In A.S. LIV I was honored to be asked by Their Majesties to steward Collegium. Any event, of course, is a team effort. Kingdom events add more complexity. Collegium had the added labor of creating and managing a large on-line database and repository of scholarly works. This last part was well beyond my skill set. Additionally, in those pre-Pandemic days, there were not a lot of volunteers available with the necessary skills.
In stepped the honourable lady Alicia du Bois. In short order, Lady Alicia set up on-line registration, created and maintained on-line class schedules, and built a library of past and current Collegium presentation documents. As a Thank You for her efforts, I set about creating something useful and functional for her, as well as being appropriate for her persona’s aesthetic.
The Evolution of Box Stools
What is a box stool and how does it fit into the history of furniture? Simply put, it is an evolution of English turned-leg stools, adding a drawer for storage. A stool is best defined as a legged seat lacking arms or back, suitable for a single occupant (hybrid “backstools” existed, but only after 1650, according to Chinnery). By contrast, seating for two- or more- is a bench (if it has a back) or a form (if it does not); and seating with arms and/or back for one occupant is a chair.
Before the middle of the sixteenth century, English stools were “boarded”, that is: made of three or more boards, two of them forming wide legs in support of the seat. The development of open-frame joinery made possible the introduction of very light and strong “joined” stools.
Open-frame joinery abandoned heavy leg boards in favor of pairs of slender legs joined together by “stretchers”: rails which connected each leg to two others, firmly affixed using mortise-and-tenon joints. A mortise is a hole, usually rectangular, into which a tab called a “tenon” of the corresponding shape is inserted. This creates a rigid joint, which can be further strengthened by pinning, nailing, or gluing the two together.
As the making of joined furniture grew, further embellishment to stools was introduced in the form of “turned” legs. Turning is the process in which a cutting tool is used to shave a workpiece which is rapidly rotating by means of a device called a lathe. Various angles, shapes, and sizes of cutting tools can be applied in a multitude of angles to shape the workpiece into decorative forms.
By the late sixteenth century, turned-leg joined stools were in common production by cabinetmakers (in some areas, the turners were in a separate guild and they made the legs which cabinetmakers then used in the finished piece). Cabinetry, at this time, encompassed the making of all moveable furniture; thus cabinetmakers made stools, as well as benches, settles, armoires, cupboards, chests, and other domestic, ecclesiastic, and public furnishings.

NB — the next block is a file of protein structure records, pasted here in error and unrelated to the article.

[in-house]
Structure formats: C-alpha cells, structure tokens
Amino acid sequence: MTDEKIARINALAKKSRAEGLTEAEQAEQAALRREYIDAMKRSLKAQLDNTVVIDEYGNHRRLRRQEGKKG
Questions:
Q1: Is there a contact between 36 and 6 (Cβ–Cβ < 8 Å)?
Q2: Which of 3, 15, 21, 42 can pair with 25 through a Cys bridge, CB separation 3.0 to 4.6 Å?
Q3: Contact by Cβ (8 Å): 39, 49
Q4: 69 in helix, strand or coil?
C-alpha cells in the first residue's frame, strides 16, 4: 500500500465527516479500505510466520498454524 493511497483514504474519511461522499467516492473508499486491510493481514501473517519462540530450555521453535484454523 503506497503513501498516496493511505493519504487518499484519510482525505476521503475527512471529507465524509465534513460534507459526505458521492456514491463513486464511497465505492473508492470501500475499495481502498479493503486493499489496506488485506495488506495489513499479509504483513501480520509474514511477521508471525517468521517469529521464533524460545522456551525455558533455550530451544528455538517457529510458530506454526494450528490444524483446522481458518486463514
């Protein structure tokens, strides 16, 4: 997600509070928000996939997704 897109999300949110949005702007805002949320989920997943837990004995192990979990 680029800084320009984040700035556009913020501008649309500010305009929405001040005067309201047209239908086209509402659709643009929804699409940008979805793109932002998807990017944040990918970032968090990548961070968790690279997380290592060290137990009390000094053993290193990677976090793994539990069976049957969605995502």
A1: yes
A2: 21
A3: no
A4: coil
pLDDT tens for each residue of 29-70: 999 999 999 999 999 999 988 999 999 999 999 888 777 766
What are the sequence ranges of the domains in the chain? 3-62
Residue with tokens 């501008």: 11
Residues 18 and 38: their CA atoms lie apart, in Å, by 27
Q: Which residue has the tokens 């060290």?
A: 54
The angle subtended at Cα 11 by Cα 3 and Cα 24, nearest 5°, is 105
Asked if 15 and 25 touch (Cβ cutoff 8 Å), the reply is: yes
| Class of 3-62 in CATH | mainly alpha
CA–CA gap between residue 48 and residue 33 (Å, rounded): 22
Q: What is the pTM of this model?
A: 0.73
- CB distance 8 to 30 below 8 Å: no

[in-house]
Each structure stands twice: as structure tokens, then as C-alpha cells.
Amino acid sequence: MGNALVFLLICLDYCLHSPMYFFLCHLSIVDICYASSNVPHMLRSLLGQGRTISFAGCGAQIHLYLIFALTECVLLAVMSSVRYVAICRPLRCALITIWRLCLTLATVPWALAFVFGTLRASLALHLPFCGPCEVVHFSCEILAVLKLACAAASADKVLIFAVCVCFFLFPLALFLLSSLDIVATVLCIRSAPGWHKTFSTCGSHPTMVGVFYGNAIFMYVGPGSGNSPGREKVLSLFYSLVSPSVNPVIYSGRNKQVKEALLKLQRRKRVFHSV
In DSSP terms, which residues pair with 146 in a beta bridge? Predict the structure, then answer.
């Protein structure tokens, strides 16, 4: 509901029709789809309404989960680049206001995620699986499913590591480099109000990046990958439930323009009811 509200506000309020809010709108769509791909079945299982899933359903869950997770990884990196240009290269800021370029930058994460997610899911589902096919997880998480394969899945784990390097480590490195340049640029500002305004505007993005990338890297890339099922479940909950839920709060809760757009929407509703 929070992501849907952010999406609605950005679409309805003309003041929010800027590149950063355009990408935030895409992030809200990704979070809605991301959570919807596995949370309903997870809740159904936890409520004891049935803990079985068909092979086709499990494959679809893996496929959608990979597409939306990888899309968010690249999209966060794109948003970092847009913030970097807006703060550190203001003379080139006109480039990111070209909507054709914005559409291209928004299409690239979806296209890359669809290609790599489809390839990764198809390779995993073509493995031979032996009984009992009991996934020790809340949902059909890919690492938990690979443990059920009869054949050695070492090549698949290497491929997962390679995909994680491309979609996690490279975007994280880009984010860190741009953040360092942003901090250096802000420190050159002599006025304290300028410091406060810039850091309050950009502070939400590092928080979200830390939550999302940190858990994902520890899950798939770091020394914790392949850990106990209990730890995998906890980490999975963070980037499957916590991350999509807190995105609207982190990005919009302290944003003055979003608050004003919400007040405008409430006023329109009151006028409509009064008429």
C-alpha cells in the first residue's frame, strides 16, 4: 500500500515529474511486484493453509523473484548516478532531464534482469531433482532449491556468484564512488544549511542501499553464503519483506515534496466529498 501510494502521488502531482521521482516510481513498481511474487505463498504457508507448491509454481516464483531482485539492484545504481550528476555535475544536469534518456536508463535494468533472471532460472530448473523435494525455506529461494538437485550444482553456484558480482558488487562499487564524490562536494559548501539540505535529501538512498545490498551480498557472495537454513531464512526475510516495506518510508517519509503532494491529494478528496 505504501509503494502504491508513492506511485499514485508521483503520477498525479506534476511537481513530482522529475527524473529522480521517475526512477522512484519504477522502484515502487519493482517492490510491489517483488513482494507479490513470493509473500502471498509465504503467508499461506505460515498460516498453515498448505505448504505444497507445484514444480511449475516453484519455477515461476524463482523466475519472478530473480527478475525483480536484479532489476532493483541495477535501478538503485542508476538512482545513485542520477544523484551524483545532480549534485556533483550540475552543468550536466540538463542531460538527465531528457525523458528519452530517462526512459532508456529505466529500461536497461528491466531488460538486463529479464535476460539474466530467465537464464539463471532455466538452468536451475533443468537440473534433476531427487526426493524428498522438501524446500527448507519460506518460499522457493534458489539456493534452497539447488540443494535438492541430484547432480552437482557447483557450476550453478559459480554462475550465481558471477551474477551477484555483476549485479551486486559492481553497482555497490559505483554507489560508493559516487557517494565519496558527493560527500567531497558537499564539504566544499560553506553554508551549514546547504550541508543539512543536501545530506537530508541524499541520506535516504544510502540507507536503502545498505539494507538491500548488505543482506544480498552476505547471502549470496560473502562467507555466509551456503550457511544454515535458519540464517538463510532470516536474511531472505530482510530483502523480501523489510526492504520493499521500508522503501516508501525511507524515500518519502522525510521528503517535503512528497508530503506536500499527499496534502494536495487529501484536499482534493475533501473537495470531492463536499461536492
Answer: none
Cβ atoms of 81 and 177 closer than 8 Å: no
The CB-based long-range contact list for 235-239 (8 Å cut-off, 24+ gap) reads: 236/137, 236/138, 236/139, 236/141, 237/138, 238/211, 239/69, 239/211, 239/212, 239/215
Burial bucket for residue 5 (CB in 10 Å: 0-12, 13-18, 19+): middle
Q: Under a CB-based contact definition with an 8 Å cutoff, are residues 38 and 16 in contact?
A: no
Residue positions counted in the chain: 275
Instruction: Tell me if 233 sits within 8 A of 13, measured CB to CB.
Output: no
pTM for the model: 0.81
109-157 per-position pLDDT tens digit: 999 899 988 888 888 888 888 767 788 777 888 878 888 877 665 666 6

Toward the end of the sixteenth century we finally see the introduction of storage underneath the seats of stools. The storage was accessed either by lifting the hinged seat, a hinged front (boarded stools only) or by withdrawing (hence the word “drawer”) a box suspended underneath the seat (joined stools only). These “box stools” have been dated as early as 1530 and may have continued to be commonly produced until around 1700 judging by extant examples. Taller ”box tables” may be their direct descendants.
The typical turned leg box stool would have a seat –often with edges planed into a decorative moulding—set directly upon the legs and attached either with wooden dowels (called pins, pegs, or trenails) or with iron nails.
The sides and back had tenons which inserted into mortises set in the legs and secured with dowels.
The lower legs were each secured to two others by means of stretchers tenoned and doweled into mortises below the turnings. The turnings in the image above are in the classical baluster style.
The drawer either sat upon a bottom panel or rode upon runners set into grooves planed into the sides of the drawer. Note that the single dowel-hole on each upper front leg is evidence that this stool was built to have a drawer.
Box stools such as these had multiple uses and users. Emmison relates that drawers with locks likely held sundry items such as papers, books, or sewing materials. Whereas those without locks may have held less attractive items, such as chamber pots. Wills and inventories (Agius) from Oxford in the early 1600s record that box stools were found in domestic settings of a range of households, from those of weavers and carpenters to those of affluent tradespeople, and were valued in a range of 40-48 shillings.
The process began with sketching ideas with the aim of a historically accurate reproduction of a box stool appropriate for the recipient’s persona.
A co-worker, who is the same height as the intended recipient, allowed me to take measurements so as to determine the right distance of the stool seat from the ground. The rest of the dimensions grew from there.
Wood Selection and Preparation